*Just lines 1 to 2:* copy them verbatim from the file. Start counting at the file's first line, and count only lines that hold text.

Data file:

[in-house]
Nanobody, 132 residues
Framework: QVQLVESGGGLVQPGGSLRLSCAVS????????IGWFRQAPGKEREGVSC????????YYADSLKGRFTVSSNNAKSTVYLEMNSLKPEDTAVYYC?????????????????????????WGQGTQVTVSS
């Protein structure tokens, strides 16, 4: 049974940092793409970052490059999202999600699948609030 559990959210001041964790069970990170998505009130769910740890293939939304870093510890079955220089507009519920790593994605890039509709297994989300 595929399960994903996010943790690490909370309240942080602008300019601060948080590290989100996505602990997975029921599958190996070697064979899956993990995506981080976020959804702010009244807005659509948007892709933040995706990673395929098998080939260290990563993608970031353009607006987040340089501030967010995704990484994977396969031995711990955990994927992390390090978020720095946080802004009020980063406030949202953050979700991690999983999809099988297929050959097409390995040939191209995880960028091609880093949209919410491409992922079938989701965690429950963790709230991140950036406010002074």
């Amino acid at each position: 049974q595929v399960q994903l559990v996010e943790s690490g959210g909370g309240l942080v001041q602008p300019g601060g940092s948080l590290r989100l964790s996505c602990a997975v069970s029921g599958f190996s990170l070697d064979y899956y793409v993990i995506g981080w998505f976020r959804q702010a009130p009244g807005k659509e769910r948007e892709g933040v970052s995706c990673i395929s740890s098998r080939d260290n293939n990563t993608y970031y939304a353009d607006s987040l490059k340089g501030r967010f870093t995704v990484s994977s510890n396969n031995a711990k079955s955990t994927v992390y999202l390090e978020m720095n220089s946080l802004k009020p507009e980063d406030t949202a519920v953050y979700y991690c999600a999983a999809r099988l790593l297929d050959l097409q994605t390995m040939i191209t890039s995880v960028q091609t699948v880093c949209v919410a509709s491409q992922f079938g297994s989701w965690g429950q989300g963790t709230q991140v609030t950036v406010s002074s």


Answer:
[in-house]
Nanobody, 132 residues